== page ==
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The Financial Crisis: This Day—One Year Ago, Sept. 14, 2008

On Sunday, no rest for Wall Street. And the dominos fall.

Brokers are pouring into their offices as a special trading session is called for credit default swaps. The frenzied activity is due to the widespread belief that Lehman Brothers will declare bankruptcy, after Barclays and Bank of America each dropped deal talks.

Charlie Gasparino and Steve Liesman report that other Wall Street firms have also balked at the idea of buttressing Lehman because of the enormous cost of buying the bad debt, the lack of support from the Federal Reserve — and the disturbing notion that they might be called upon again to rescue other desperate firms.

This Day 1 Year Ago - A CNBC Special Report - See Complete Coverage
This Day 1 Year Ago - A CNBC Special Report - See Complete Coverage

Later in the day, Bank of America says it has agreed to buy Merrill Lynch in an all-stock deal worth $50 billion, which gives it the world's largest retail brokerage.

Bank of America, which recently acquired troubled mortgage lender Countrywide Financial, looks to be benefiting from Wall Street's application of the survival-of-the-fittest law of nature.

Merrill came under pressure to find a friendly merger partner after its liquidity began "evaporating" Friday, according to people inside the firm. Merrill is expecting huge job losses with the merger, though the brokerage division will remain intact.

What You Were Reading:

Then, the hammer falls: Lehman Brothers files for chapter 11 bankruptcy protection Sunday night.

The 158-year-old Lehman is the biggest casualty of the global credit crisis, surpassing WorldCom as the largest company in U.S. history in file for chapter 11. It has $639 billion assets, but billions more in liability.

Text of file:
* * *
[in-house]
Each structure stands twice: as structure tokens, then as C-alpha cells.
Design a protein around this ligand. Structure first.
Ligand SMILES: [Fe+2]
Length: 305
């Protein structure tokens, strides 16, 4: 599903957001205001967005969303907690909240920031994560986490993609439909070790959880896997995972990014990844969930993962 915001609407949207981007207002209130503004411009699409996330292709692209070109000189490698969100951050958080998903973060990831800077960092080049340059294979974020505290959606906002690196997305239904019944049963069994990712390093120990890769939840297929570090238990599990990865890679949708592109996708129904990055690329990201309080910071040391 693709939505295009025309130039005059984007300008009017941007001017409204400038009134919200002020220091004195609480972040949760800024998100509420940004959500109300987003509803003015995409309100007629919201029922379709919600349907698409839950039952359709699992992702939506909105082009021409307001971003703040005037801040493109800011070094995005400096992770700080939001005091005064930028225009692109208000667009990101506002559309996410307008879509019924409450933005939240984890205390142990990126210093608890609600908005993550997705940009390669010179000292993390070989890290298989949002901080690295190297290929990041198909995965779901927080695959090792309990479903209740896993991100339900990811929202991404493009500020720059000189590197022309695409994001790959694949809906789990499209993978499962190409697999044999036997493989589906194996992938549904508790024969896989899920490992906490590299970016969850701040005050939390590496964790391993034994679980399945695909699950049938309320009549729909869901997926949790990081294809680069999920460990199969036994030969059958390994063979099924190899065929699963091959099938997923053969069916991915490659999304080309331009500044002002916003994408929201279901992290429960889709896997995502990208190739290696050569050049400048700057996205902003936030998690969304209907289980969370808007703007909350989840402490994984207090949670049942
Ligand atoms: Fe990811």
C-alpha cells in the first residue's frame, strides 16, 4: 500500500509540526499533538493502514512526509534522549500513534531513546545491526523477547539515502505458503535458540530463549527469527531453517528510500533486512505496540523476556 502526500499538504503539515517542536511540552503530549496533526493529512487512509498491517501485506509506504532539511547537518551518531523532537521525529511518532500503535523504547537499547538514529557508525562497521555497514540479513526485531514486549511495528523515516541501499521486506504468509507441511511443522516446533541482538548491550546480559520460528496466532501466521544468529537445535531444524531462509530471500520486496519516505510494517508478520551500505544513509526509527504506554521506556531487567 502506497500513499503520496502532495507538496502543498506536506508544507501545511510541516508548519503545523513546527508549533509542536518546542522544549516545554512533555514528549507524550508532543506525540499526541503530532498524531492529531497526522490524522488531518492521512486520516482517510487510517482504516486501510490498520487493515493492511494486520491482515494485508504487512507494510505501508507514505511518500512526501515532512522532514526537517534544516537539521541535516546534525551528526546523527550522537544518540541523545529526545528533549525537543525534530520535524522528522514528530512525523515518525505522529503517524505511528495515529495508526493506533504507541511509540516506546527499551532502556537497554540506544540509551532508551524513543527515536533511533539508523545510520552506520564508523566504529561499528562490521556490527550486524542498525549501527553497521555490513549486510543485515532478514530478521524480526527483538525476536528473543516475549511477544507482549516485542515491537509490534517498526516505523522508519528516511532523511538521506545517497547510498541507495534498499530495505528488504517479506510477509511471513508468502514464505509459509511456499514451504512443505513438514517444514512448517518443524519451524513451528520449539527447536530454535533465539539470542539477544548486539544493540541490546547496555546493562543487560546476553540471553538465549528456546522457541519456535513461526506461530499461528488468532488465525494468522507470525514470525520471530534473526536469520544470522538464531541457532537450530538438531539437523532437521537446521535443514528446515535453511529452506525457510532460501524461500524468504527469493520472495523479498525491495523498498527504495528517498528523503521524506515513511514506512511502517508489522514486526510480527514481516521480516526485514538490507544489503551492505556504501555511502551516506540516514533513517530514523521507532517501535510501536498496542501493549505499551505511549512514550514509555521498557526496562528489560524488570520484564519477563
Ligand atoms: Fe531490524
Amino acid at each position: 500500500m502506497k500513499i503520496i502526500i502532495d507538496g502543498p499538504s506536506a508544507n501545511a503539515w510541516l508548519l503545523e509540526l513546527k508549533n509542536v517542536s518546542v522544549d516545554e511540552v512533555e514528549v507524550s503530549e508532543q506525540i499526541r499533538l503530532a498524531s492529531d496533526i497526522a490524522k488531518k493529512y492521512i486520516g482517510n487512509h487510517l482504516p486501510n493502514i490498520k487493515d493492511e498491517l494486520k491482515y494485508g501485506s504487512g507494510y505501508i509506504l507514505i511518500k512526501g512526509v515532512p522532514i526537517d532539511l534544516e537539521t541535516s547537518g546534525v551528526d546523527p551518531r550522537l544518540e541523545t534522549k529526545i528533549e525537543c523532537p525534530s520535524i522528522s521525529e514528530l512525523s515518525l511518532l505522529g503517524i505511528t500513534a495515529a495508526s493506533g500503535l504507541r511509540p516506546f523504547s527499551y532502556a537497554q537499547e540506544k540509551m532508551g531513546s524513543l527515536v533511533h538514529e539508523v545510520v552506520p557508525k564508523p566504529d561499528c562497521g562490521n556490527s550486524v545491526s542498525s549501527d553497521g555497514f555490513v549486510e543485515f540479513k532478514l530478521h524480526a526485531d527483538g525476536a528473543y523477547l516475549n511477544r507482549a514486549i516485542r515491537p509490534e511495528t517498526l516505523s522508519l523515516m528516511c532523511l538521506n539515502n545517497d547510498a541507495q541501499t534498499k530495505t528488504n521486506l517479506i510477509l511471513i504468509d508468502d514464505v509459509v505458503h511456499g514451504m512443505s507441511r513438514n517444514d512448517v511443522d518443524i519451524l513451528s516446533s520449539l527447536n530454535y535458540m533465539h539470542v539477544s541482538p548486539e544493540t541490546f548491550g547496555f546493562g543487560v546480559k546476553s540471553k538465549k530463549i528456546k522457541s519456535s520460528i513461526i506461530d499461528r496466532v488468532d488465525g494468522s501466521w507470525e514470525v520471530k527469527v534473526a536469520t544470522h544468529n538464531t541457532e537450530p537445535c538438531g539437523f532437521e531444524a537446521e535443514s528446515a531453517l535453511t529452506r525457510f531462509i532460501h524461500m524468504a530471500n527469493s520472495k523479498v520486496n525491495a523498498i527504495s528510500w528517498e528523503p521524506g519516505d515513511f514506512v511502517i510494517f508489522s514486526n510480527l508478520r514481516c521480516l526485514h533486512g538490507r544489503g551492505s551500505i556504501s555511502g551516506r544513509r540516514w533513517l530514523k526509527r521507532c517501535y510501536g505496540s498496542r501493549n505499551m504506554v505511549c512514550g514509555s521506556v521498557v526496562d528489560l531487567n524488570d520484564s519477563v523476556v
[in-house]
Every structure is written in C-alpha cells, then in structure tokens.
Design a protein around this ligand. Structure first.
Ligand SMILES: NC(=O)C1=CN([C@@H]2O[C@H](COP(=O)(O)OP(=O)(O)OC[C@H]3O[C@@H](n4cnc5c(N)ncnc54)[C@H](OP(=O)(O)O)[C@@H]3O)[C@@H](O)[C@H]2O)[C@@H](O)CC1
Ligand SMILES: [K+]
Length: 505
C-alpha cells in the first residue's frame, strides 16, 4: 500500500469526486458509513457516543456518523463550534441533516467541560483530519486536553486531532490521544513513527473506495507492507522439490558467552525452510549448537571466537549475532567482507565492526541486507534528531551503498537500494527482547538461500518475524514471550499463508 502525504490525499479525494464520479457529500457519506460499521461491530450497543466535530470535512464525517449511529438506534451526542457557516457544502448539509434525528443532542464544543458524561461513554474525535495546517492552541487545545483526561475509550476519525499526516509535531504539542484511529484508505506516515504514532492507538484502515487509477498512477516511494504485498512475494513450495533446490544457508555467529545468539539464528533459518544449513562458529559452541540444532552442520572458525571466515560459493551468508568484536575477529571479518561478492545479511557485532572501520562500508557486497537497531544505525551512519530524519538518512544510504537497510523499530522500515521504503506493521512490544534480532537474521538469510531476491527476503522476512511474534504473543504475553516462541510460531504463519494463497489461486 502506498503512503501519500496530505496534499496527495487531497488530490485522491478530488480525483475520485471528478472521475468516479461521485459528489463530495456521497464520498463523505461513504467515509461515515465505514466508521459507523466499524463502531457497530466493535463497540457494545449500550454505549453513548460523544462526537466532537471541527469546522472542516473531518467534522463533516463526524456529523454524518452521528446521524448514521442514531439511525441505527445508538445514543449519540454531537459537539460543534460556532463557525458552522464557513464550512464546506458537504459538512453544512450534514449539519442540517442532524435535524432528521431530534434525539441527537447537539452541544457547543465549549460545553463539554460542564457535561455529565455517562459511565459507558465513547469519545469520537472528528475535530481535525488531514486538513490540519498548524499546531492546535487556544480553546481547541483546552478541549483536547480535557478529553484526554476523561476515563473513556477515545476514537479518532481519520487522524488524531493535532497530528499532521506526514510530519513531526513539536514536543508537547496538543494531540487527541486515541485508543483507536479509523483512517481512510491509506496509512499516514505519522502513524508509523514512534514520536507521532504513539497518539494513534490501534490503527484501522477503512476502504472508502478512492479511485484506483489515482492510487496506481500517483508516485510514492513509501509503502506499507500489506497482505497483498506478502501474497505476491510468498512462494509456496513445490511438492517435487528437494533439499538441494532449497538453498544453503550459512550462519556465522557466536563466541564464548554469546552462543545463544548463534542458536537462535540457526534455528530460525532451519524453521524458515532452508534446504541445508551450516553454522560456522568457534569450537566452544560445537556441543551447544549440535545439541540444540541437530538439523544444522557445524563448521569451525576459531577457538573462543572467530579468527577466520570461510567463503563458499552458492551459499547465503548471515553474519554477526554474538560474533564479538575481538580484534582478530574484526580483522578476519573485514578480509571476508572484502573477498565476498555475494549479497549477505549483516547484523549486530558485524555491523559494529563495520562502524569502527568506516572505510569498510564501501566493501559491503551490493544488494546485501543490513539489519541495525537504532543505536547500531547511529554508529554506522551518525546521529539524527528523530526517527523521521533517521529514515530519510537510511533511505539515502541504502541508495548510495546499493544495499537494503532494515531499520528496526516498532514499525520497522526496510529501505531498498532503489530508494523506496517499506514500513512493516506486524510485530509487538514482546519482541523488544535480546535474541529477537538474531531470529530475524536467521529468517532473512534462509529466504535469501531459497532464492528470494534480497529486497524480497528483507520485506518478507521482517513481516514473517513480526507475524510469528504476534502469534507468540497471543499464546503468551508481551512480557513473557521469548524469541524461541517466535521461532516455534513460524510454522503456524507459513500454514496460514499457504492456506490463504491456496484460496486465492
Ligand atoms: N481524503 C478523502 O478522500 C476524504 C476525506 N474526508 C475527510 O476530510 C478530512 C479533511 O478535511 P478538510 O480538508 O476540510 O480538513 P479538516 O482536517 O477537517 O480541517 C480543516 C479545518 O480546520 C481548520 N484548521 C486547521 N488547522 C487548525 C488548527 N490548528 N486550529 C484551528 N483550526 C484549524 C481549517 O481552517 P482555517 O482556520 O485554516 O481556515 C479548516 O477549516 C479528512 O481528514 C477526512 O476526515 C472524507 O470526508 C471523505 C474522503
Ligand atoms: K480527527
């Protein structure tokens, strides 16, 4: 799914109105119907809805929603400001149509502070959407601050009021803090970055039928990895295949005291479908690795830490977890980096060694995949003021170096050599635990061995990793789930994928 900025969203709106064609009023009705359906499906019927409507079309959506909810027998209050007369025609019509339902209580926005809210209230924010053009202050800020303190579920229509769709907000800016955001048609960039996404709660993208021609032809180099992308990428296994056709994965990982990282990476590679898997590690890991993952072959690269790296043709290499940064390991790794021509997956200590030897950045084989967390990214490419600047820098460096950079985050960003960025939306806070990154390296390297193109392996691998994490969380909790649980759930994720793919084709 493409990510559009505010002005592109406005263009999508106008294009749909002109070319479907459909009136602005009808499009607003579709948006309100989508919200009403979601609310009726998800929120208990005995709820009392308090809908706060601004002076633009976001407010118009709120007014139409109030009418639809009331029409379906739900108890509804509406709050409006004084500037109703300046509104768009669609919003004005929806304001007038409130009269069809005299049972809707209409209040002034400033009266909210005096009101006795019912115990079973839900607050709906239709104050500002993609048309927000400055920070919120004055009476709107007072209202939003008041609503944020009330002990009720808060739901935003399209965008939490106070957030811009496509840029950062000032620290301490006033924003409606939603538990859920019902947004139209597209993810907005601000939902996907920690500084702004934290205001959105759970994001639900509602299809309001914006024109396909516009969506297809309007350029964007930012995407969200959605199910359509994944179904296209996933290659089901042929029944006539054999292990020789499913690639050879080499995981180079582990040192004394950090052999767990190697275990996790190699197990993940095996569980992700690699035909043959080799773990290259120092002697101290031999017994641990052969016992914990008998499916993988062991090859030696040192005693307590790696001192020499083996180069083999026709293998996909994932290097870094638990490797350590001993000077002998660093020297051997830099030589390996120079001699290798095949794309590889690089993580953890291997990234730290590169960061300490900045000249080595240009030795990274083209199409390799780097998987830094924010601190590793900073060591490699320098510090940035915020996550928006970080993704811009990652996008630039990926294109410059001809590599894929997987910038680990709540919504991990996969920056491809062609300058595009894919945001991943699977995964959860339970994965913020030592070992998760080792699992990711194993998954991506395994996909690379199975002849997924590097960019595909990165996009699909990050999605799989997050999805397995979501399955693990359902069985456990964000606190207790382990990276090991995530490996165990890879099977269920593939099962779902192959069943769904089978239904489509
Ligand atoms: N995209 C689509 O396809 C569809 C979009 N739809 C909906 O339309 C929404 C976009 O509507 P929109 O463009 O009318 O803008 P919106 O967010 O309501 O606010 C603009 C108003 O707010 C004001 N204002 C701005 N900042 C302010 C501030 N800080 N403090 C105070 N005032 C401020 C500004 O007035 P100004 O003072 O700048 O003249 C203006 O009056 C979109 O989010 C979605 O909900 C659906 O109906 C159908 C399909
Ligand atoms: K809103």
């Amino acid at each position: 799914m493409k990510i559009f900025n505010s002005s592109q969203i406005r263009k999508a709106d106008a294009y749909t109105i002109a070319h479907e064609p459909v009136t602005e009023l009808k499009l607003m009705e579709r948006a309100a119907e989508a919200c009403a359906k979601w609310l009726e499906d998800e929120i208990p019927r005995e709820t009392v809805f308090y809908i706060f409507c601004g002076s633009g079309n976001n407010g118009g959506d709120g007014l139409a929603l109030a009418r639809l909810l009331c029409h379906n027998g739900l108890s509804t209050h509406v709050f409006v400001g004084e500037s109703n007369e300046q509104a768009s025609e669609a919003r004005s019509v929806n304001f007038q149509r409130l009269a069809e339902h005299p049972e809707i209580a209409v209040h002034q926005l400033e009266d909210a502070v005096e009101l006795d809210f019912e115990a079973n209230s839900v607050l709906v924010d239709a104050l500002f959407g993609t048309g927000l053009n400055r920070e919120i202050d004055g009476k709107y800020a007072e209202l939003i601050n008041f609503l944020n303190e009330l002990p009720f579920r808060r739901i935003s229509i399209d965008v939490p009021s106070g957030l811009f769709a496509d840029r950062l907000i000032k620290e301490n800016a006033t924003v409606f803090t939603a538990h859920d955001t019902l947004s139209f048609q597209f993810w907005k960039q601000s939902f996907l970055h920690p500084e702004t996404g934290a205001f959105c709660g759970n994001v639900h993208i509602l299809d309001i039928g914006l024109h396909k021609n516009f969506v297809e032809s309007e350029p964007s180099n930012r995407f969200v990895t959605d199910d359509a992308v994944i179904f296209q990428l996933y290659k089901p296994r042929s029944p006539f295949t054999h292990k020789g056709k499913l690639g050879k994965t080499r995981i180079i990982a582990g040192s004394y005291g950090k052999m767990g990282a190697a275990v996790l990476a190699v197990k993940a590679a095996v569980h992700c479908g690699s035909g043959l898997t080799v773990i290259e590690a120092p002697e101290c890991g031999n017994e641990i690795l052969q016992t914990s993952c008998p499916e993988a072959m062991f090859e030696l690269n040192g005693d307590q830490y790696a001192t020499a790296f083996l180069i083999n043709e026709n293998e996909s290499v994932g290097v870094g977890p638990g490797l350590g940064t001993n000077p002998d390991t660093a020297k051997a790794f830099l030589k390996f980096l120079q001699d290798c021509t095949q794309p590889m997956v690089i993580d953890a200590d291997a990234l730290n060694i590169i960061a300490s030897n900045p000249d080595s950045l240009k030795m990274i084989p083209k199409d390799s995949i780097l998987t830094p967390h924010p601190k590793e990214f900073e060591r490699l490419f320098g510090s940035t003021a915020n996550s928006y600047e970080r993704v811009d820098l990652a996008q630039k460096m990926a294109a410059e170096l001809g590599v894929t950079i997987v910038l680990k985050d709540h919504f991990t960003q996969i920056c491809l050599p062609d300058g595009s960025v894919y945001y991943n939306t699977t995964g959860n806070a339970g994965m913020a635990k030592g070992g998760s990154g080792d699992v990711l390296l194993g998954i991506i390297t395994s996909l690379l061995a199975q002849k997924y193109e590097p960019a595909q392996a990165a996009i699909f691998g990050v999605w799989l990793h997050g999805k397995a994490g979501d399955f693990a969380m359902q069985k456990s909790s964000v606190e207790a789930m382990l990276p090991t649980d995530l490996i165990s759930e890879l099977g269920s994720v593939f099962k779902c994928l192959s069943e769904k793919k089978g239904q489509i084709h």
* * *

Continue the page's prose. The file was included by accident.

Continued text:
The Crisis: 1 Year Later - A CNBC Special Report - See Complete Coverage
The Crisis: 1 Year Later - A CNBC Special Report - See Complete Coverage

Lehman also has the dubious honor of being the biggest investment bank to collapse since 1990, when Drexel Burnham Lambert went under.

Lehman, however, says it is in advanced talks to sell its investment management business, including Neuberger Berman and other units which were not included in the Chapter 11 filing.

But the tumultuous weekend is not over yet: Mary Thompson and David Faber report that AIG is set to announce an asset sale or capital injection either late tonight, or sometime tomorrow (Monday, Sept. 15).

The insurance giant is pursuing a three-part plan to raise $50 billion in liquidity. AIG is trying to raise billions from private equity firms, and is also in talks with Berkshire Hathaway's Warren Buffett.

What the Experts Were Saying:

David Faber and Charlie Gasparino analyze the ramifications of Bank of America's $44 billion purchase of Merrill Lynch.

Charlie Gasparino and Steve Liesman discuss the turbulent events surounding Lehman and AIG.

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